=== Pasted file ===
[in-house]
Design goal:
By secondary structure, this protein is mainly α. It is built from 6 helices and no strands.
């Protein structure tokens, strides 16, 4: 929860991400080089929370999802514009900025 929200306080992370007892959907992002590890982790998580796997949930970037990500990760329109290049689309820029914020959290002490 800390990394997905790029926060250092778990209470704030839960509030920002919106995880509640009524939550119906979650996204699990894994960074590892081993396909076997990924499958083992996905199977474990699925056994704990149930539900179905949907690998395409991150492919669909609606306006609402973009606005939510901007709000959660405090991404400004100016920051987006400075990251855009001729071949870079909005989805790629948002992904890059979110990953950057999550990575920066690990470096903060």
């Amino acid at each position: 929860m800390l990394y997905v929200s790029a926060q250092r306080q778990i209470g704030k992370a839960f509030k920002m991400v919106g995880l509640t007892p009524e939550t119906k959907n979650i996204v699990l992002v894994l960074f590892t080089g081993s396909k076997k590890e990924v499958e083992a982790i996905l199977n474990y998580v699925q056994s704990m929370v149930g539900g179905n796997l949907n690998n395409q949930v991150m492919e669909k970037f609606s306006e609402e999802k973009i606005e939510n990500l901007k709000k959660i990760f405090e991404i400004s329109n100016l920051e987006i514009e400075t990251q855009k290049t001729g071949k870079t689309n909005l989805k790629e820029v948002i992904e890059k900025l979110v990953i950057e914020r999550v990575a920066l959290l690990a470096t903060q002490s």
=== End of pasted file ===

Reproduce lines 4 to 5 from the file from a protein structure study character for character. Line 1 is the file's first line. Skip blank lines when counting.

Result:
């Protein structure tokens, strides 16, 4: 929860991400080089929370999802514009900025 929200306080992370007892959907992002590890982790998580796997949930970037990500990760329109290049689309820029914020959290002490 800390990394997905790029926060250092778990209470704030839960509030920002919106995880509640009524939550119906979650996204699990894994960074590892081993396909076997990924499958083992996905199977474990699925056994704990149930539900179905949907690998395409991150492919669909609606306006609402973009606005939510901007709000959660405090991404400004100016920051987006400075990251855009001729071949870079909005989805790629948002992904890059979110990953950057999550990575920066690990470096903060």
């Amino acid at each position: 929860m800390l990394y997905v929200s790029a926060q250092r306080q778990i209470g704030k992370a839960f509030k920002m991400v919106g995880l509640t007892p009524e939550t119906k959907n979650i996204v699990l992002v894994l960074f590892t080089g081993s396909k076997k590890e990924v499958e083992a982790i996905l199977n474990y998580v699925q056994s704990m929370v149930g539900g179905n796997l949907n690998n395409q949930v991150m492919e669909k970037f609606s306006e609402e999802k973009i606005e939510n990500l901007k709000k959660i990760f405090e991404i400004s329109n100016l920051e987006i514009e400075t990251q855009k290049t001729g071949k870079t689309n909005l989805k790629e820029v948002i992904e890059k900025l979110v990953i950057e914020r999550v990575a920066l959290l690990a470096t903060q002490s």